"Would creating and financing an emergency snow plan when this extreme weather is an anomaly REALLY be the best use of taxpayer dollars at this time?"

MY answer to that question is YES.

Lots of tax revenue was lost because of the treacherous road conditions. Lots of people needed the work hours and their workplace was closed.
It would have been a fantastic use of taxpayer dollars at this time.
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Phentex Donating Member (1000+ posts) Send PM | Profile | Ignore Thu Jan-13-11 06:06 PM
Response to Original message
2. I agree. And nobody can drive on ice!
Well, nobody should.

The roads here are hilly and steep in places. We still have tons of trees that block sunlight. There isn't much you can do about ice until the temps go up.

As I said in another post, it would be wasteful to put too much money into equipment for this kind of thing since it doesn't happen that often.

We are a city built for driving. Maybe that's one of the real problems!
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Iris Donating Member (1000+ posts) Send PM | Profile | Ignore Fri Jan-14-11 09:34 AM
Response to Reply #2
4. This is a situation where a public/private partnership makes a lot of sense, imo
Since we only get a situation like this every 5-7 years, it makes sense to have a list of private companies to contract with when these events happen.

You are right about too much driving in this town, though. I live in a MARTA corridor, and most of the businesses on our main street were open this week.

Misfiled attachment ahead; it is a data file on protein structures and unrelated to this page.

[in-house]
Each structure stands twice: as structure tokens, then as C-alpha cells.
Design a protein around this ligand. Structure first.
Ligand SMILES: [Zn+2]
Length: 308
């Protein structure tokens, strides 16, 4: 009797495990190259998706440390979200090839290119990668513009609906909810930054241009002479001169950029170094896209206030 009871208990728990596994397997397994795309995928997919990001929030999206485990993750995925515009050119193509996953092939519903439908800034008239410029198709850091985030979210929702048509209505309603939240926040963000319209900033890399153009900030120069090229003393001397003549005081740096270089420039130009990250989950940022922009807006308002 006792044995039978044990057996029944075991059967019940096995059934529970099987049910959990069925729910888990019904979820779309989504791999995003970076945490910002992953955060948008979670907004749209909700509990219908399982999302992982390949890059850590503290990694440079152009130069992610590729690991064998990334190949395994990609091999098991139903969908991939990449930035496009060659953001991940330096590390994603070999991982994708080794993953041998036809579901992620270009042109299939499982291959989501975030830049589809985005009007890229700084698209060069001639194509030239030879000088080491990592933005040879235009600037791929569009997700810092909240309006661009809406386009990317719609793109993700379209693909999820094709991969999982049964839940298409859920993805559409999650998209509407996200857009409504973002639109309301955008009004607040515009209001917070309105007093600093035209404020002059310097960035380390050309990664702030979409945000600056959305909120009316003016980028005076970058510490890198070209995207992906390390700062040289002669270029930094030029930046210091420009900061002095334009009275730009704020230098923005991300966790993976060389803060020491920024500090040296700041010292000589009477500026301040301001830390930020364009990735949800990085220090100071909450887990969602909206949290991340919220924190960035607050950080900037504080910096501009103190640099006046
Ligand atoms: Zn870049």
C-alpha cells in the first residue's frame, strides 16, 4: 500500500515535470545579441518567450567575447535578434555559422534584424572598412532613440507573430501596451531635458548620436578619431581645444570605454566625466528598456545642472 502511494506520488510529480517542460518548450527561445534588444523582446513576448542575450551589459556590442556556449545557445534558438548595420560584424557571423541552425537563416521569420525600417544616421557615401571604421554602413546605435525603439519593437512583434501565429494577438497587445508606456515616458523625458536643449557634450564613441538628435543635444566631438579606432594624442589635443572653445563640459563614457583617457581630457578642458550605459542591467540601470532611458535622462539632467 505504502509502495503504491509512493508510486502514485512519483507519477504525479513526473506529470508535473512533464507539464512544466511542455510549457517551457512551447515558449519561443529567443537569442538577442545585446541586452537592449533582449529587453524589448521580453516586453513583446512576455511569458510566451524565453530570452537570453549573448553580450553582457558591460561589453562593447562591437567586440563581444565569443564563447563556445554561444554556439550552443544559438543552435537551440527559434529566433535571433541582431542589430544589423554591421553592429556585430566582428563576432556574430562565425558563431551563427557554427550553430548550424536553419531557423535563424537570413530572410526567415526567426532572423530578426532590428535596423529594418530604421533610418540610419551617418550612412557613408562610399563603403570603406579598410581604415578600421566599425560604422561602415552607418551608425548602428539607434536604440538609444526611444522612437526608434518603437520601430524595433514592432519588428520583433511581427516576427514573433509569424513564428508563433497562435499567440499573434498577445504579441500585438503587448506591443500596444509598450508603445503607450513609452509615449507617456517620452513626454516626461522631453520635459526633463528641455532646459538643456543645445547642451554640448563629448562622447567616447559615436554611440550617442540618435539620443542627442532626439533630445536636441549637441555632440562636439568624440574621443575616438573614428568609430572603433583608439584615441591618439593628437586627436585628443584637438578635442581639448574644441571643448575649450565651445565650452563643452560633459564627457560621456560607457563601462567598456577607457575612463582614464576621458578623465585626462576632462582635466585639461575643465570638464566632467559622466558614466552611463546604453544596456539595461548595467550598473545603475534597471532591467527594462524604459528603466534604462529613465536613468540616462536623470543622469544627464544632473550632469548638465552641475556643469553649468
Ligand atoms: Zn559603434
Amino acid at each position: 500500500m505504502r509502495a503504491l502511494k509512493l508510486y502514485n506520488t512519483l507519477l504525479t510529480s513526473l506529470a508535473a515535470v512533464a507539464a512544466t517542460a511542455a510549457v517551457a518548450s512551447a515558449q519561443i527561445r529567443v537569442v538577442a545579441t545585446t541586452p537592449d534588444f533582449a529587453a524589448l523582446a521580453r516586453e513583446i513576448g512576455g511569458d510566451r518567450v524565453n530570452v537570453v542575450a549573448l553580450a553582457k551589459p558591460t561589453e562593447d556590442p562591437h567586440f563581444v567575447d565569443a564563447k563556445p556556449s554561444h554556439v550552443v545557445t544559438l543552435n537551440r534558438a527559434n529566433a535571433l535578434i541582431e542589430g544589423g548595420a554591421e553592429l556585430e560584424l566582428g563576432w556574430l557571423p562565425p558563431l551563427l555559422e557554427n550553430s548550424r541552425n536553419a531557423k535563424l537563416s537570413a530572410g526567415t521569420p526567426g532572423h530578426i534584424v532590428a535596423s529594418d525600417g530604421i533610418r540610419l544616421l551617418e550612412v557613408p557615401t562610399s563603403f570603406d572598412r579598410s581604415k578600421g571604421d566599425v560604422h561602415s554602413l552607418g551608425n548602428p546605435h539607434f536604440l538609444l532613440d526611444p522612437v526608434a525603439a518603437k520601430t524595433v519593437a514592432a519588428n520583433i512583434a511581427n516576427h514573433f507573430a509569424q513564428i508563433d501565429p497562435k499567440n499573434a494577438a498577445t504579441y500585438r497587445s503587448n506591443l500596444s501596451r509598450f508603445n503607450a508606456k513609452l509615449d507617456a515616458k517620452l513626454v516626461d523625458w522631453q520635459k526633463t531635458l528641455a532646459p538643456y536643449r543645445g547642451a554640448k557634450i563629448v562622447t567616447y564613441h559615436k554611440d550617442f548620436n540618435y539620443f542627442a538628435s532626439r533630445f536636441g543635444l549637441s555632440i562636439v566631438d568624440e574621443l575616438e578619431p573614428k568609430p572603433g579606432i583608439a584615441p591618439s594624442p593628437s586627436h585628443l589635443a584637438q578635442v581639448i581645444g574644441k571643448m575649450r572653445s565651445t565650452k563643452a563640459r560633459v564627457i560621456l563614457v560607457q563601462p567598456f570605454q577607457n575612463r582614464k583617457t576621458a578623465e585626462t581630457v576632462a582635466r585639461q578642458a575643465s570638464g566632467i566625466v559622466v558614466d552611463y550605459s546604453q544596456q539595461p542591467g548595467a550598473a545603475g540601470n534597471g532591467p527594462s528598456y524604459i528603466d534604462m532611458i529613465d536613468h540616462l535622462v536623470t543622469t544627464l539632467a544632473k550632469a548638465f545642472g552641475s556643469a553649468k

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groundloop Donating Member (1000+ posts) Send PM | Profile | Ignore Fri Jan-14-11 08:11 AM
Response to Original message
3. There's a lot that can be done (I lived in the north for a few years)
Edited on Fri Jan-14-11 08:13 AM by groundloop
The thing that got me was when I saw a state DOT spokesperson on the news saying that the year's budget for road clearing has already been spent - that budget clearly needs to be increased and if it isn't all needed should be saved for years when it is. Of course this will never happen because Nathan Deal's first words after being elected was that he's cutting state budgets so that he can give tax breaks to businesses.

State and county road officials should visit northern states to learn how they handle winter storms. For one thing you don't need dedicated snow plowing equipment, plows can be fitted on other vehicles such as garbage trucks and even pickup trucks at a relatively low cost. The dedicated snow equipment can handle main roads and the slower/smaller vehicles fitted with snow plows can do parking lots and smaller residential streets.

One factor that makes matters worse is the hills, it's one thing to drive on icy roads that are relatively flat but all of our hills make it impossible. And of course there's a lack of experience driving on ice because it happens so infrequently.



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Iris Donating Member (1000+ posts) Send PM | Profile | Ignore Fri Jan-14-11 09:36 AM
Response to Reply #3
5. of course there's a lot that can be done
but some northern cities still get shut down by blizzards and ice storms. Budget cuts aside, I would assume road-clearing budgets are based on previous years. I've lived in GA most of my life and the Atlanta area for over 15 years. Since 1993, there have only been 3 weather events that have shut the city down to this extent.
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Donnachaidh Donating Member (1000+ posts) Send PM | Profile | Ignore Fri Jan-14-11 10:03 PM
Response to Reply #5